The academic links between China and the United States have greatly strengthened over the past few decades. Since the 1970s, we have worked together to increase exchanges between our two countries, and our efforts have yielded rewarding results. As you may know, incoming students from China make up the highest percentage of international students who choose to study in the United States, and they add remarkable vibrancy to our campuses. In the 2016-2017 academic year, 350,755 Chinese students were enrolled in U.S. higher education institutions. China is also one of the leading destinations for U.S. students studying abroad. In the 2015-2016 academic year, 11, 688 American students studied abroad in China.
We appreciate China’s work to welcome international students, including from the United States, and provide support for their academic and professional careers. Changes in China’s regulations for foreign visas which allow international students to remain in China for a time after graduation—thereby bolstering their studies with hands-on work experience and giving them opportunities to stimulate economic growth and global progress—are the kinds of actions that make international education more attractive.
International education has been included in China’s most recent Five Year Plan, including an effort to strengthen partnerships among higher education institutions abroad. We look forward to continuing to build strong ties among higher education institutions in the United States and China.
In the United States, the Department of Education and the Department of State recognized the importance of international education. Many of our political leaders today, including prominent members of United States Congress in both political parties, firmly support international education and exchange and want to sustain funding for these vital programs.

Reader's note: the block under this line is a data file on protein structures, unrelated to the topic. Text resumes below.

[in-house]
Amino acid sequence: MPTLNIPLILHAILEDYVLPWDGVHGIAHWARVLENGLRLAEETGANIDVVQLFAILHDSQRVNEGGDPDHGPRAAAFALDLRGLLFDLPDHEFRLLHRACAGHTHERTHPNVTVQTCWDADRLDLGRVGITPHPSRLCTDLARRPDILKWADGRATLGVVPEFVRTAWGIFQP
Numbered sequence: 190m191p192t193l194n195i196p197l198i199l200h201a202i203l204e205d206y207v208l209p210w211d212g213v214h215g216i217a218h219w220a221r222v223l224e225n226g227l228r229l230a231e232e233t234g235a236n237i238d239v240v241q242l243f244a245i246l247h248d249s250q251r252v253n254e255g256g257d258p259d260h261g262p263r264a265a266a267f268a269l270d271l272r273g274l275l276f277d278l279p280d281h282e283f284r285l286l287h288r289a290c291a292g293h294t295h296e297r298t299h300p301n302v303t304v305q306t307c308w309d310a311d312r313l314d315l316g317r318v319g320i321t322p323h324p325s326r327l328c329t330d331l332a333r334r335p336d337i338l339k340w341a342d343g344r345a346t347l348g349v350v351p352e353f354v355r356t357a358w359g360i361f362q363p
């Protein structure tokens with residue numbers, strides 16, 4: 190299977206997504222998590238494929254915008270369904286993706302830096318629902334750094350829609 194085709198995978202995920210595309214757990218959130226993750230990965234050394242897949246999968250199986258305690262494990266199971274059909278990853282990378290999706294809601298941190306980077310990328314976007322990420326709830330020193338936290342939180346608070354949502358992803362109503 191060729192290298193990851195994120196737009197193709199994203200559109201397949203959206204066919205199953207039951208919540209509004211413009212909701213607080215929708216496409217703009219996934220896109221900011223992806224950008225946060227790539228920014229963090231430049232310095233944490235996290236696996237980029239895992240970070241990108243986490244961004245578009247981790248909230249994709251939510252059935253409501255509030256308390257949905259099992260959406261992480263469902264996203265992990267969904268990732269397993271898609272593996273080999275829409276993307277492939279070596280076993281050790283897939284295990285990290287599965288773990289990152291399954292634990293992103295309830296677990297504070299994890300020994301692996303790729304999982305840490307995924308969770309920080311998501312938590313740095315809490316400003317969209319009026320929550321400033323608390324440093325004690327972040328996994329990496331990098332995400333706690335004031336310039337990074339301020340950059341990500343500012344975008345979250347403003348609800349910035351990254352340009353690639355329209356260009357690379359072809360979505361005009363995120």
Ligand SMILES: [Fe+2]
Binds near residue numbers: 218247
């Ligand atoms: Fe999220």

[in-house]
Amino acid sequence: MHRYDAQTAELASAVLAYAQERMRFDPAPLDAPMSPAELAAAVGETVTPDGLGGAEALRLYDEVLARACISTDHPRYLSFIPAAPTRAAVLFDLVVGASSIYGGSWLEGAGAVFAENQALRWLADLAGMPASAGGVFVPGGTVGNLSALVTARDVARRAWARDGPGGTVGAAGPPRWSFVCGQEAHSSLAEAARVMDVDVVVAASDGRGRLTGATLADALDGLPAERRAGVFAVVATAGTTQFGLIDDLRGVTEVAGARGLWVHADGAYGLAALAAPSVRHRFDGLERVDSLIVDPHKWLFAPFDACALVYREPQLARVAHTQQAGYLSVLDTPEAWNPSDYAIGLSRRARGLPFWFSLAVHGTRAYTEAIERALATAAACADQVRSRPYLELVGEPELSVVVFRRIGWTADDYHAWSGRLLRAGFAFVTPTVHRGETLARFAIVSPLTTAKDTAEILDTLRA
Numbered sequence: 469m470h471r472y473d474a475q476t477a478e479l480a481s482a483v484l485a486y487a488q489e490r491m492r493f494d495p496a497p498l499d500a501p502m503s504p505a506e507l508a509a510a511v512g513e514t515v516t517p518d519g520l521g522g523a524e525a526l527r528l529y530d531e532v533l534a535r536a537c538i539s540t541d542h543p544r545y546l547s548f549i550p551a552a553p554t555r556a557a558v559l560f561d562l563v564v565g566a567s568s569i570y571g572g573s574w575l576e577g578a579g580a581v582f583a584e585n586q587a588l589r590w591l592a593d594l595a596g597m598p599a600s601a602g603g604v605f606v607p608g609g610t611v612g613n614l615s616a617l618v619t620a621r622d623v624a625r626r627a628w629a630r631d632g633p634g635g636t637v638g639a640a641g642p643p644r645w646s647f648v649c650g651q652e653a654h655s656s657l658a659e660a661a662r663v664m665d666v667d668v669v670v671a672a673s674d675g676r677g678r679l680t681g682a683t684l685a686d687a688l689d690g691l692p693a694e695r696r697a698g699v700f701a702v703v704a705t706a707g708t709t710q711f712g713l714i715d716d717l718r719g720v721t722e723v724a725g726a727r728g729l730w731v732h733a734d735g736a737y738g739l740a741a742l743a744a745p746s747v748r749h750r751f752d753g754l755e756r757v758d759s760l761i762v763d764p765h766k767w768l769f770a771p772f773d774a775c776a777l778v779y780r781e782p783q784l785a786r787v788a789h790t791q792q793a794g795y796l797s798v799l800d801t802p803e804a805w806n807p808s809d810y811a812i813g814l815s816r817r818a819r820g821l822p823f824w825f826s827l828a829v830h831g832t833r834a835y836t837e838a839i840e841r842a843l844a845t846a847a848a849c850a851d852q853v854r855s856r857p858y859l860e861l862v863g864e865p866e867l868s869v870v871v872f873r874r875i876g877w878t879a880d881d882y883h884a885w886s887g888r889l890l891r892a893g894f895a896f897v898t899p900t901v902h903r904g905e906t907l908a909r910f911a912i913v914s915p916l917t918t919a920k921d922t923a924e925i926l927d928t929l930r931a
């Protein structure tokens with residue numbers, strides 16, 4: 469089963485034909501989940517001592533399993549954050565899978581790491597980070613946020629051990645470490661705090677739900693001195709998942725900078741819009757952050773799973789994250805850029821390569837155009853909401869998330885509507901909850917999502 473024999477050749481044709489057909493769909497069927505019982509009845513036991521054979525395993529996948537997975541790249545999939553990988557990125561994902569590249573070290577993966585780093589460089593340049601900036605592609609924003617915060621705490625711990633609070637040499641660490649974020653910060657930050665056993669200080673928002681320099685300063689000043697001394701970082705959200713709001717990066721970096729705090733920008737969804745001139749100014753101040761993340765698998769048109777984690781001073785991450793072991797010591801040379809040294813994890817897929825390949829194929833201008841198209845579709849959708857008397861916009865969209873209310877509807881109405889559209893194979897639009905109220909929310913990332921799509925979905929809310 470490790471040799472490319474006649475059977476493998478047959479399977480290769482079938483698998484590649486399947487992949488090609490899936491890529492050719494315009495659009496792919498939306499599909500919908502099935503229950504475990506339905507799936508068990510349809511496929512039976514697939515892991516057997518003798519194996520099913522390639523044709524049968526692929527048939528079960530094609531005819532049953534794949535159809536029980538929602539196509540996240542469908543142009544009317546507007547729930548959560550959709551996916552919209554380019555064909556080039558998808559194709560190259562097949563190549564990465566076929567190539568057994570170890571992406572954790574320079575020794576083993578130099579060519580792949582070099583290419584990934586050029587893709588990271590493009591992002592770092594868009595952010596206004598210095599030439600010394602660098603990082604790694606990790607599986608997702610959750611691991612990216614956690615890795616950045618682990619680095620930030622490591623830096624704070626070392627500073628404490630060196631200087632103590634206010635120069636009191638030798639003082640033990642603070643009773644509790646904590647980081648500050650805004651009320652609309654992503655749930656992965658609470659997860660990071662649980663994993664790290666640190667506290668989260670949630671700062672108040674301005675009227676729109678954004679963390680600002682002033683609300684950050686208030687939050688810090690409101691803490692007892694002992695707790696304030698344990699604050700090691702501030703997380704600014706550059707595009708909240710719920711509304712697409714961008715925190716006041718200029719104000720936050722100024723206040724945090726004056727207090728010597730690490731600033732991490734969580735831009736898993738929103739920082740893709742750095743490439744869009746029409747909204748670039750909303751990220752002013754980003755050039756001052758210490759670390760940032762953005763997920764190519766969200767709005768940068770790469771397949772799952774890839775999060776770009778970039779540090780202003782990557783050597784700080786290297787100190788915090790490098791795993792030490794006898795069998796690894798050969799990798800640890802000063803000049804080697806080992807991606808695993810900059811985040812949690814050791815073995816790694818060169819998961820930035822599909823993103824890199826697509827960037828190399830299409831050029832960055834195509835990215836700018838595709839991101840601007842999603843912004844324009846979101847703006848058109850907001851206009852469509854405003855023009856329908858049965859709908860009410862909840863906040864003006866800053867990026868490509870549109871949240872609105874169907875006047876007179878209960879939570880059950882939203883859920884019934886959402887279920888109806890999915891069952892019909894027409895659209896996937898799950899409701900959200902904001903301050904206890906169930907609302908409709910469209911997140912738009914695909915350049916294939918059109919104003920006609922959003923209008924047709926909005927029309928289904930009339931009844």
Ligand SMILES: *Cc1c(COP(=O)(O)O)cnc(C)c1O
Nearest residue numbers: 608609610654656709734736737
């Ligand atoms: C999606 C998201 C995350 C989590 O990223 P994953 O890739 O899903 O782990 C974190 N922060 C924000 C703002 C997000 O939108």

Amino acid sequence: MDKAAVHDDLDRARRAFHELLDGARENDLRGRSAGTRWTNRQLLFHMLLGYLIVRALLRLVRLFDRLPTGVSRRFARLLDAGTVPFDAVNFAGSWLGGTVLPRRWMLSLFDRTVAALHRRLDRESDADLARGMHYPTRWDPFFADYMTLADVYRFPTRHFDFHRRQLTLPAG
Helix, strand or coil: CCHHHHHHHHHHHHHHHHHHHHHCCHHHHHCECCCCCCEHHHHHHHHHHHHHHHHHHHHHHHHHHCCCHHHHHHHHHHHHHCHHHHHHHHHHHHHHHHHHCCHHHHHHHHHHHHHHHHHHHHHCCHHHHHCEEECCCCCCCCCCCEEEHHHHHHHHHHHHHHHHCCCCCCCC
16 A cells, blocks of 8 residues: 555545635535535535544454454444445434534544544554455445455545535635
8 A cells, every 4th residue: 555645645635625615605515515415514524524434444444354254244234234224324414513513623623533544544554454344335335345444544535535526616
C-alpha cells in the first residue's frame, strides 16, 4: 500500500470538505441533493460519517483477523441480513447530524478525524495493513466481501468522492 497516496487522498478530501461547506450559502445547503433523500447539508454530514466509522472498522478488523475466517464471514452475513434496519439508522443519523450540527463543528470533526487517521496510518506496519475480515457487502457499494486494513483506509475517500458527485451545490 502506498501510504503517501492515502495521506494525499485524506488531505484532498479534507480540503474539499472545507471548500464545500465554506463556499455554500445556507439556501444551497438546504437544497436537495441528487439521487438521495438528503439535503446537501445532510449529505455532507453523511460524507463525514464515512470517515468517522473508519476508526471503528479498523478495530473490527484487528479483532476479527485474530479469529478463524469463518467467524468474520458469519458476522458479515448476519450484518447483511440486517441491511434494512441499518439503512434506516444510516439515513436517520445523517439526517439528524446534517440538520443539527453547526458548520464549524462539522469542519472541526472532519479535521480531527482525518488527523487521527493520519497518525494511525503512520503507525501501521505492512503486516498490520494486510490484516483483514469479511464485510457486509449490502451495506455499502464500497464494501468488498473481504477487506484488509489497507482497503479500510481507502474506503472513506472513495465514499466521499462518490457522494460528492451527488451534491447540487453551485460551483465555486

Unfortunately, some U.S. policymakers do not fully appreciate the contributions of international education. Some have sought to limit exchanges excessively. Despite political rhetoric that may cause the United States to seem isolationist, it has been encouraging to see academic institutions redouble their support for international education and make it clear that welcoming talent to our institutions is an asset, not a threat. U.S. higher education institutions are working tirelessly to ensure our campuses are welcoming and inclusive and to help students navigate a complicated and often confusing immigration system.
For example, Temple University spearheaded the #YouAreWelcomeHere campaign to assure international students that they will always have a place in our communities. And at NAFSA’s Annual Conference & Expo earlier this year, they announced a scholarship specifically for international students seeking an education in the United States.
At the heart of internationalization is recognizing that diversity is a great strength. By growing sincere connections with a diverse set of people while pursuing an international education, our graduates are laying the foundation for greater peace and mutual security as they prepare to lead our international community into the future.
Both the United States and China are countries that value education and continually look toward the future. This conference reaffirms the power international education has to forge lasting bonds and foster progress around the world, and it confirms to me that even amidst disheartening trends, we can ensure higher education remains on a forward-looking course.
As long as we continue working together to uphold the institutions and connections that make our countries and the world stronger, I am confident we will succeed in creating a more globally engaged and welcoming international community and preparing our graduates to lead us into a more modernized, prosperous future.